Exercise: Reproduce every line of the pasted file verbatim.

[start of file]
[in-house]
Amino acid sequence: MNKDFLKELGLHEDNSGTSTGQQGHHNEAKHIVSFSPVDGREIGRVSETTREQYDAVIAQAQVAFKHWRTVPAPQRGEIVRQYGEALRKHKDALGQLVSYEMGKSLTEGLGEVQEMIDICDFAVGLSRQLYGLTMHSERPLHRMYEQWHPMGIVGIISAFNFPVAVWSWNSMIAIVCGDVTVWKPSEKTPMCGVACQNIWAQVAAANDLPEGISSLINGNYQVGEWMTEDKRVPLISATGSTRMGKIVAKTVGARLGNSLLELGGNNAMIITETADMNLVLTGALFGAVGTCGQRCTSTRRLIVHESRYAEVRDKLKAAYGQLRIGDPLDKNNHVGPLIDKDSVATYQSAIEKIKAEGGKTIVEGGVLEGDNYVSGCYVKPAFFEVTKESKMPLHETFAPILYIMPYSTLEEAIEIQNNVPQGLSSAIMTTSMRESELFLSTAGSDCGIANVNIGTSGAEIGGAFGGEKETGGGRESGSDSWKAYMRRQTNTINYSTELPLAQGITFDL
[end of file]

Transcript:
[in-house]
Amino acid sequence: MNKDFLKELGLHEDNSGTSTGQQGHHNEAKHIVSFSPVDGREIGRVSETTREQYDAVIAQAQVAFKHWRTVPAPQRGEIVRQYGEALRKHKDALGQLVSYEMGKSLTEGLGEVQEMIDICDFAVGLSRQLYGLTMHSERPLHRMYEQWHPMGIVGIISAFNFPVAVWSWNSMIAIVCGDVTVWKPSEKTPMCGVACQNIWAQVAAANDLPEGISSLINGNYQVGEWMTEDKRVPLISATGSTRMGKIVAKTVGARLGNSLLELGGNNAMIITETADMNLVLTGALFGAVGTCGQRCTSTRRLIVHESRYAEVRDKLKAAYGQLRIGDPLDKNNHVGPLIDKDSVATYQSAIEKIKAEGGKTIVEGGVLEGDNYVSGCYVKPAFFEVTKESKMPLHETFAPILYIMPYSTLEEAIEIQNNVPQGLSSAIMTTSMRESELFLSTAGSDCGIANVNIGTSGAEIGGAFGGEKETGGGRESGSDSWKAYMRRQTNTINYSTELPLAQGITFDL